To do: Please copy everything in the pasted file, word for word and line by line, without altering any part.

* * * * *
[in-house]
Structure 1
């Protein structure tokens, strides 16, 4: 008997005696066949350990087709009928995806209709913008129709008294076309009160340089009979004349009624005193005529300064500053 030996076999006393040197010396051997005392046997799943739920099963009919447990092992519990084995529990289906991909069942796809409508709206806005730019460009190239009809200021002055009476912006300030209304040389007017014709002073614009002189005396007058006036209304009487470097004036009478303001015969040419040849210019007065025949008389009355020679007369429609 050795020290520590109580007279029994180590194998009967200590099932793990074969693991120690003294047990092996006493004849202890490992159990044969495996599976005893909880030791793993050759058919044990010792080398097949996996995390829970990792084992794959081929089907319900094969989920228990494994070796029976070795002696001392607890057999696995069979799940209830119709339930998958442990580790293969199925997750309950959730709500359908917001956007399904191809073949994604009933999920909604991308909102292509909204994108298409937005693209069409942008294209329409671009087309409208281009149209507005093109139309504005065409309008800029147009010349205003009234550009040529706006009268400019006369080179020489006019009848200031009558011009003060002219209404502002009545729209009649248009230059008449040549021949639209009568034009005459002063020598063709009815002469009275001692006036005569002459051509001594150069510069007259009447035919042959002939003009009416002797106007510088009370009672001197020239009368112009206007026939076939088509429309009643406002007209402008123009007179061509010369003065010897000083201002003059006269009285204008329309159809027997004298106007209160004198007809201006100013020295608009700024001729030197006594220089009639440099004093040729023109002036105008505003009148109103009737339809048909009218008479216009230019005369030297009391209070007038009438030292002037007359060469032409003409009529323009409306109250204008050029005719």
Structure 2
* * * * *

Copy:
[in-house]
Structure 1
């Protein structure tokens, strides 16, 4: 008997005696066949350990087709009928995806209709913008129709008294076309009160340089009979004349009624005193005529300064500053 030996076999006393040197010396051997005392046997799943739920099963009919447990092992519990084995529990289906991909069942796809409508709206806005730019460009190239009809200021002055009476912006300030209304040389007017014709002073614009002189005396007058006036209304009487470097004036009478303001015969040419040849210019007065025949008389009355020679007369429609 050795020290520590109580007279029994180590194998009967200590099932793990074969693991120690003294047990092996006493004849202890490992159990044969495996599976005893909880030791793993050759058919044990010792080398097949996996995390829970990792084992794959081929089907319900094969989920228990494994070796029976070795002696001392607890057999696995069979799940209830119709339930998958442990580790293969199925997750309950959730709500359908917001956007399904191809073949994604009933999920909604991308909102292509909204994108298409937005693209069409942008294209329409671009087309409208281009149209507005093109139309504005065409309008800029147009010349205003009234550009040529706006009268400019006369080179020489006019009848200031009558011009003060002219209404502002009545729209009649248009230059008449040549021949639209009568034009005459002063020598063709009815002469009275001692006036005569002459051509001594150069510069007259009447035919042959002939003009009416002797106007510088009370009672001197020239009368112009206007026939076939088509429309009643406002007209402008123009007179061509010369003065010897000083201002003059006269009285204008329309159809027997004298106007209160004198007809201006100013020295608009700024001729030197006594220089009639440099004093040729023109002036105008505003009148109103009737339809048909009218008479216009230019005369030297009391209070007038009438030292002037007359060469032409003409009529323009409306109250204008050029005719």
Structure 2